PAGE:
The idea seems silly, I think we would agree, that an object could be considered without bringing up it's color, but, if we look at things only in themselves, and without any environment - such as my paper and desk in the case of my pen, such as the glass case and bronze stand on which the ball rests in and on - then what can we really know? Yet, if we follow this through we find that the environment, the desk/case/etcetera itself exists within an environment, the house in which I live, and that this too exists within an environment, the block of houses, the city, the country, the continent, etcetera. We can continue to do this until we realize that there is nothing that is not encompassed by something. It is also the case, we can find from similar methods, that the things we speak of can be either physical or non-physical. Therefore, physical objects can be encompassed, and so too can things like thoughts, and ideas.

As I stated before, I look forward to any comments you may have regarding this. I also hope that it has cleared things up for the one, forgive me for not recalling which of you it was, who did not find my arguments persuasive before - perhaps this has made it a bit clearer.


           Georg Wilhelm Friedrich Hegel


I have just received your letter Hegel, and have sat up with it, with my notes, and with my thoughts, for many hours. Your letter seems to imply that to the question we had on our minds when we meet and after we separated - what is the purpose of it all - you answer that the purpose of it all is to realize the direction in which the Spirit is moving us. I suppose that I can only agree with your basic principles, as you laid them out in your letter and your previous discussion.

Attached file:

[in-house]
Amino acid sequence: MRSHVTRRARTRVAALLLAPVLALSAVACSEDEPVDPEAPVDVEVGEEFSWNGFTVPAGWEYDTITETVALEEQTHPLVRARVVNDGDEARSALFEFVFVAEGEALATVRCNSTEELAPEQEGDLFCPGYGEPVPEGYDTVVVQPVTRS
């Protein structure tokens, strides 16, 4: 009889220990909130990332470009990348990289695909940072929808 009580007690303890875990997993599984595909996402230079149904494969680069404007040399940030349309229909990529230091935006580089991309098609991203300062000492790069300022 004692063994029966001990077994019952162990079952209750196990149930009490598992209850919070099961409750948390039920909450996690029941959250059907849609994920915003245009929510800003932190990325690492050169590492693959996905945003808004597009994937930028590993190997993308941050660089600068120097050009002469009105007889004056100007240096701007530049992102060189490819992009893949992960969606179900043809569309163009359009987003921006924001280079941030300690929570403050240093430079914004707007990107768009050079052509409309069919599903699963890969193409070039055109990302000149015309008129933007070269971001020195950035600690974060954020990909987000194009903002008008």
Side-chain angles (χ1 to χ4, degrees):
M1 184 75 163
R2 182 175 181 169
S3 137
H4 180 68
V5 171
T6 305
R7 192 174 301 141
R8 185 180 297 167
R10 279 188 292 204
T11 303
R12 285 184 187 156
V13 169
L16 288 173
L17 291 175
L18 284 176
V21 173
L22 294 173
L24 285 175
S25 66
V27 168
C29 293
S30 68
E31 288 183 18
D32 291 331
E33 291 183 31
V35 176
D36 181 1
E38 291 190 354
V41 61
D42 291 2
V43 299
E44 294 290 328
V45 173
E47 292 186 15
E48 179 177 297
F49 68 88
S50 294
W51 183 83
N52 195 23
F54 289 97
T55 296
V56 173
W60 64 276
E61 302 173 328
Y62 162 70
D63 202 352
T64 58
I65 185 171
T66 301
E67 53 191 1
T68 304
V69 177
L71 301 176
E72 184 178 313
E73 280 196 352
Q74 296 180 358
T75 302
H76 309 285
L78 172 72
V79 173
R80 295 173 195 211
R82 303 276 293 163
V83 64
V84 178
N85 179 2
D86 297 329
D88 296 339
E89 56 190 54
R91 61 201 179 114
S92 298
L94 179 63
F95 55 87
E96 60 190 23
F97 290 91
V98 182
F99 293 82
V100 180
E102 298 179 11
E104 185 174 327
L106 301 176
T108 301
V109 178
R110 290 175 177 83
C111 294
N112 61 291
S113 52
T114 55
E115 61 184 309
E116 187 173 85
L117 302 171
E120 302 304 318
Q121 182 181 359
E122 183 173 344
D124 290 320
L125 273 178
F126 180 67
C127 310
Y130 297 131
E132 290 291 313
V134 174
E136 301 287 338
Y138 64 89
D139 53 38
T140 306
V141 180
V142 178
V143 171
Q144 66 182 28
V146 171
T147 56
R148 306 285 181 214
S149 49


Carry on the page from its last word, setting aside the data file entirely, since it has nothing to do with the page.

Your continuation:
However, I feel as though we need to clarify what is meant by Spirit. It seems to me that you outline something which is not necessarily God the Spirit, but rather a natural force - Nature as Spirit. I hold that to speak of any Spirit is to mean God, and that God necessarily exists. You will, of course, ask me for evidence of this, but I'm afraid I can't really give you any concrete evidence. Rather, I can only outline the basics.

You see, while knowledge can certainly show us that what you say above is true - that time progresses in a way that makes one believe it is being moved - it cannot prove to us, or show to us, what the leader, or mover, is. Rather, we must take some things on faith, one of which is the idea that it is a Spirit which moves the world. Yet, this Spirit seems no different then the idea of God, the first cause, as well as, to an extent, the final cause. Of course, none of this can really be proven, so, we must make a choice, and either take the leap - believe wholeheartedly, without question, that there is a God - or stay were we are, achieving, but never achieving what we have the potential to.